DU QUOIN, IL (KFVS) - Governor Rauner signed the Industrial Hemp Act, Senate Bill 2298 on Saturday, Aug. 25 at the Du Quoin State Fair.
The bill adds Illinois to a growing number of states that permit growth of cannabis cultivated for non-drug uses such as paper- and fabric-making, biodegradable plastics, construction materials and health food.
The governor also signed House Bill 5749 which will ease weight-limit restrictions on state highways during harvest time, improve the competitive outlook for Illinois farmers and agricultural commodities haulers.
Both bills will enhance one of the state's leading industries: farming.
"Legalizing the farming of industrial hemp just makes good sense," Rauner said. "Roughly 38 states — including our neighbors in Wisconsin, Kentucky, Indiana, Missouri and Tennessee — have allowed or are considering allowing cultivation of this crop for commercial, research or pilot programs. Our farmers should have this option as well. This new state licensure program begins that process."
"The Illinois Farm Bureau appreciates Gov. Rauner signing SB 2298 which legalizes the growing of industrial hemp by Illinois farmers," said Richard Guebert Jr., president, Illinois Farm Bureau. "Illinois Farm Bureau policy, developed by our grassroots members, has long supported the production, processing, and utilization of industrial hemp. Illinois farmers will now have new opportunities to diversify their farms by growing this versatile crop."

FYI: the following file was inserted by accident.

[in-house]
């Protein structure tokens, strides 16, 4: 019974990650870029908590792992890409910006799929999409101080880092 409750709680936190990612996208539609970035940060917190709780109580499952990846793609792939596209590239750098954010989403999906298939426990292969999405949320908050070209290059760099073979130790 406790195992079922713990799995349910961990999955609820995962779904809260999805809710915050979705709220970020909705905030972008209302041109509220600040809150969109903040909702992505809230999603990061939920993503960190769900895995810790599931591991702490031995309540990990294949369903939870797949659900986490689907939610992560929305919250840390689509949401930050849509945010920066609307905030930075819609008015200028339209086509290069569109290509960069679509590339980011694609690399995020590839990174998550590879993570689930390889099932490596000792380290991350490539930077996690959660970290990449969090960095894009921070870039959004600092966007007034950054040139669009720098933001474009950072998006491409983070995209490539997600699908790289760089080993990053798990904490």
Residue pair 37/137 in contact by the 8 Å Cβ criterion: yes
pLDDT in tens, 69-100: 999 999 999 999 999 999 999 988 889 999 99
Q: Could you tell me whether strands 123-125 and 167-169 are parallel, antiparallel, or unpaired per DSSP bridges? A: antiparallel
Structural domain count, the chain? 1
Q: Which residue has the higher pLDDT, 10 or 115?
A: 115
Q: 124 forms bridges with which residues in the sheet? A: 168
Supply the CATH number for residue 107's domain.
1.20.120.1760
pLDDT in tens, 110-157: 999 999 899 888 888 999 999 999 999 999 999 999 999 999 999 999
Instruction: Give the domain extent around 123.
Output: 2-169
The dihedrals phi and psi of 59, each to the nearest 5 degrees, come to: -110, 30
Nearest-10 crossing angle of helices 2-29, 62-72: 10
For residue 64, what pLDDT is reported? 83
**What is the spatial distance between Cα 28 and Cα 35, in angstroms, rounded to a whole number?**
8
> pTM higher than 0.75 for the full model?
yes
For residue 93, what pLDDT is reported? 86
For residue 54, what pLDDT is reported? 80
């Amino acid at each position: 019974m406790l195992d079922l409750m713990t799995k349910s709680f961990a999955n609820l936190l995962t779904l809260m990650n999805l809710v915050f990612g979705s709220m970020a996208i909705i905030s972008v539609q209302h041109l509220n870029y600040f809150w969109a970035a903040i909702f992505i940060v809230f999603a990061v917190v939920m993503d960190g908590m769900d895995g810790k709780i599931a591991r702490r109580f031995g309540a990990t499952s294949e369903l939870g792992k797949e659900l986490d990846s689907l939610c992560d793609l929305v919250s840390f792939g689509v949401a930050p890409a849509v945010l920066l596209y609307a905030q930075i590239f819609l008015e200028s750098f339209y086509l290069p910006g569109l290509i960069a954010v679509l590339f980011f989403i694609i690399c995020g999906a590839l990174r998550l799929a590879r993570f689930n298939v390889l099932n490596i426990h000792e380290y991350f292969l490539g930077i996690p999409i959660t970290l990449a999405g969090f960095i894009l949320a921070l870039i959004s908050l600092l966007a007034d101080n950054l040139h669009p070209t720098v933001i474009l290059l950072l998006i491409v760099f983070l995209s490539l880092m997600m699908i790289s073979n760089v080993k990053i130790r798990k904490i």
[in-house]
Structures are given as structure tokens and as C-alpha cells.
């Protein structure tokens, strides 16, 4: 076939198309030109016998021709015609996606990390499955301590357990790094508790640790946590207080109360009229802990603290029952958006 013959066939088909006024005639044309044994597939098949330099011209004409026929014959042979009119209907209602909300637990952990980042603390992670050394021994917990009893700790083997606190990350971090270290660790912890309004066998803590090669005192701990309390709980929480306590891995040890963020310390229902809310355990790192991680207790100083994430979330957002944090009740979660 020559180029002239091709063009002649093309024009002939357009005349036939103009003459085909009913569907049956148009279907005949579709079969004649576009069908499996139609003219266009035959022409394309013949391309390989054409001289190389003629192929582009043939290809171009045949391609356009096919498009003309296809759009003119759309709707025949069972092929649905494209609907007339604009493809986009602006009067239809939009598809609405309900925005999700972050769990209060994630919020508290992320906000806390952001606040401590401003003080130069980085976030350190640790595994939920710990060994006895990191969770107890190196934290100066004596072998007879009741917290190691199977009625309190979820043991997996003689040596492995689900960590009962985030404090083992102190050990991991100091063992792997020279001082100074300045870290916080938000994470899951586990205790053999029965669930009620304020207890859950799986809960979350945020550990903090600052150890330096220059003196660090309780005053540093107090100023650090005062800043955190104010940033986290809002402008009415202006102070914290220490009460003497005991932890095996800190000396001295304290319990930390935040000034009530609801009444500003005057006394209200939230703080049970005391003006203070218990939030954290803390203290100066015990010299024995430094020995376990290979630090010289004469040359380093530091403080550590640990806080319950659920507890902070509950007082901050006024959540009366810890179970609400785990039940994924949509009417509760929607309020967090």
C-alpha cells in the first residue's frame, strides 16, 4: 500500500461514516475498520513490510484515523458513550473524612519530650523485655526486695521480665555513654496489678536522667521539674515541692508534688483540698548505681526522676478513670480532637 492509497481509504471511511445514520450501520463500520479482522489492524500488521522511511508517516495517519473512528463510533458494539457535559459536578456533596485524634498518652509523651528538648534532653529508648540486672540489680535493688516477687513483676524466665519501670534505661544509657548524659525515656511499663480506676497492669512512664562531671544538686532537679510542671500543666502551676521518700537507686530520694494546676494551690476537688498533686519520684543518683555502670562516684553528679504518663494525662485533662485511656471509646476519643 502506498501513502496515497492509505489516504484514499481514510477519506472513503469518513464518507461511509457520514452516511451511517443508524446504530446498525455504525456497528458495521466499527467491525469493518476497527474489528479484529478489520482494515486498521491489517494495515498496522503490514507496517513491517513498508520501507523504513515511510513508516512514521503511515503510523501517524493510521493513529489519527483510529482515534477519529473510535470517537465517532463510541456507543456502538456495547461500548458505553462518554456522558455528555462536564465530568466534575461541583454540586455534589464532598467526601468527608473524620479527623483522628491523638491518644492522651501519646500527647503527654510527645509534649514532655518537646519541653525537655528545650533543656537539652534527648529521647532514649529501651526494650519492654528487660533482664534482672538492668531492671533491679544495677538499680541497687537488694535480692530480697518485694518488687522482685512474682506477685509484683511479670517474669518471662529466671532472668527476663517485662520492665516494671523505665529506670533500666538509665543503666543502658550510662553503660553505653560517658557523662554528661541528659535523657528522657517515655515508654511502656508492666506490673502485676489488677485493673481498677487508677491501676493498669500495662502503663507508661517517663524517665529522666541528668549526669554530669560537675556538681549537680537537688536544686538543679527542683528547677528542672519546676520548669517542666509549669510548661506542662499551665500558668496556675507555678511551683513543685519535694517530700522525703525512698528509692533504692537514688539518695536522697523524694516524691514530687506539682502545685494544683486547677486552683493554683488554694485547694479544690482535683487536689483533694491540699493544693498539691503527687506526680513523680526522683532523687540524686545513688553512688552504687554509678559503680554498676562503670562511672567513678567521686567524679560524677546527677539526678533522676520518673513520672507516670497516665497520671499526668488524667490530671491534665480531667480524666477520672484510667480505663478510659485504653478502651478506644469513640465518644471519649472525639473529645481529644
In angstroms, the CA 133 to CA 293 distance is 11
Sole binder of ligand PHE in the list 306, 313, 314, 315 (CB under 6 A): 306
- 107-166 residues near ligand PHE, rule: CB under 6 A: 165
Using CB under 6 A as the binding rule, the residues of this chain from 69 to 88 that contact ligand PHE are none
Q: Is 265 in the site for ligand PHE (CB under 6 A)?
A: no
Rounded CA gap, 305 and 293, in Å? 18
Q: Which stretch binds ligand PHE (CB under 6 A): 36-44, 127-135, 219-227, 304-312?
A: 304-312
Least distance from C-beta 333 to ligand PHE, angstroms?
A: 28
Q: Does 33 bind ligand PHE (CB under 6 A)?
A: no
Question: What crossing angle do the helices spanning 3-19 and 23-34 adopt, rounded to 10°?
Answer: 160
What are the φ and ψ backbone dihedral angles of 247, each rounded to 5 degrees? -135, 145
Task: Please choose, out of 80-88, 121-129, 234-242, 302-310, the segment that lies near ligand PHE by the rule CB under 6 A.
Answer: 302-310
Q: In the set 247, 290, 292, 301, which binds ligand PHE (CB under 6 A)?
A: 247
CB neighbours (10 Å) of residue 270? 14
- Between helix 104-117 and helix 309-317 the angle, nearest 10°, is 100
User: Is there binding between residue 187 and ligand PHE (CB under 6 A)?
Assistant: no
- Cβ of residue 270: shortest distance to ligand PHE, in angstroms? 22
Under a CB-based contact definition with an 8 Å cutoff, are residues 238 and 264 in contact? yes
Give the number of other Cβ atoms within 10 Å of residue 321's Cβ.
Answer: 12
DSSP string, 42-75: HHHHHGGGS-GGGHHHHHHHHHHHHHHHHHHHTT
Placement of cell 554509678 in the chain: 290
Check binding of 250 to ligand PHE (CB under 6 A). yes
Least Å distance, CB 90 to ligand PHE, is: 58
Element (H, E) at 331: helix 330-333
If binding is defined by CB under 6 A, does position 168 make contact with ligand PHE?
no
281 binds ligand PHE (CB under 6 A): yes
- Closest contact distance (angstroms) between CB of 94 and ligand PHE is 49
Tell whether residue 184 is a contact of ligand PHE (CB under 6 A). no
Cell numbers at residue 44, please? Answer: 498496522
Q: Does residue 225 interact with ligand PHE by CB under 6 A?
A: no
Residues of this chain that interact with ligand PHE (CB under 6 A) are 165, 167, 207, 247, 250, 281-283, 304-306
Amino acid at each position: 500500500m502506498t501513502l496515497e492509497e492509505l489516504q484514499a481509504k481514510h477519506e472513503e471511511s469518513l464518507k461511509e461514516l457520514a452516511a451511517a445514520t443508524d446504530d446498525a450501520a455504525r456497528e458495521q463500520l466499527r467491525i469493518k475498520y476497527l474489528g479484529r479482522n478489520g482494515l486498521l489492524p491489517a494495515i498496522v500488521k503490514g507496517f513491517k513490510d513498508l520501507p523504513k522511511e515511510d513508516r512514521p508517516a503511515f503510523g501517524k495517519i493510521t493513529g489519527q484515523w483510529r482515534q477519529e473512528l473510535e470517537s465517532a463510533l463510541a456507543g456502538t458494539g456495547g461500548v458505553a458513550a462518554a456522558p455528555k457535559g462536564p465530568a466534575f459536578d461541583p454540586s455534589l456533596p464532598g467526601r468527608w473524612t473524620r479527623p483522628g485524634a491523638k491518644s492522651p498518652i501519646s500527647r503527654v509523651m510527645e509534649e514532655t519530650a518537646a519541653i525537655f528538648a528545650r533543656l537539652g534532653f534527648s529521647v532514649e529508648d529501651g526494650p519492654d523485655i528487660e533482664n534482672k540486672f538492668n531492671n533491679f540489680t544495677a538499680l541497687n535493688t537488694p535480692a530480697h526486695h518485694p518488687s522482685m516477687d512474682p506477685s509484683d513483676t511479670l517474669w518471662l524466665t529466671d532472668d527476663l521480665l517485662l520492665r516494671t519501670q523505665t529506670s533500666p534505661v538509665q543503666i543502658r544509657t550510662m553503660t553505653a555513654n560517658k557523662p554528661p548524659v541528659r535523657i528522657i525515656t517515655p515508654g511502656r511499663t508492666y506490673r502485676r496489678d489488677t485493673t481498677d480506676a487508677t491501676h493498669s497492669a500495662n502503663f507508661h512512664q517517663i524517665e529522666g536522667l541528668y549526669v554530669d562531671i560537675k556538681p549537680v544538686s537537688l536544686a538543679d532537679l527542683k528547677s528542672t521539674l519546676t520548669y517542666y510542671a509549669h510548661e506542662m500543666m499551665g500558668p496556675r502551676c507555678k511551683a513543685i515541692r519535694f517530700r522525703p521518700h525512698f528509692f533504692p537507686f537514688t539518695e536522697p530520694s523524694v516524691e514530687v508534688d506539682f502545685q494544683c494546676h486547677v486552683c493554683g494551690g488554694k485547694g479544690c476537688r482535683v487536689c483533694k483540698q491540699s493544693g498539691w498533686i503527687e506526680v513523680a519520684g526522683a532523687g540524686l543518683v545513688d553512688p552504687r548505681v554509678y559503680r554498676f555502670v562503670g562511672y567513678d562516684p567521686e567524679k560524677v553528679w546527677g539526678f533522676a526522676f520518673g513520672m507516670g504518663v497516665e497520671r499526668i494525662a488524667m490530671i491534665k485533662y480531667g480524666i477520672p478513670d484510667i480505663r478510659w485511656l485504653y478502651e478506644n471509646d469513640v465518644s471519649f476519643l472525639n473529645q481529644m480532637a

The Industrial Hemp Act, effective immediately, creates a state licensure program through the Department of Agriculture that enables those who desire to grow the crop to do so. The state Department of Agriculture shall establish rules for THC-level testing of industrial hemp crops.
HB 5749 allows haulers to seek and obtain annual permits from the Illinois Department of Transportation and local authorities to exceed gross axle and gross vehicle weight limits by no more than 10 percent.
"Neighboring states allow higher weight limits during harvest time without the requirement of having a harvest emergency declared," Rauner said. "Illinois has an agriculture workforce that is second to none, and this legislation will help them to more efficiently get their crops to market."
HB 5749 takes effect in July 2019.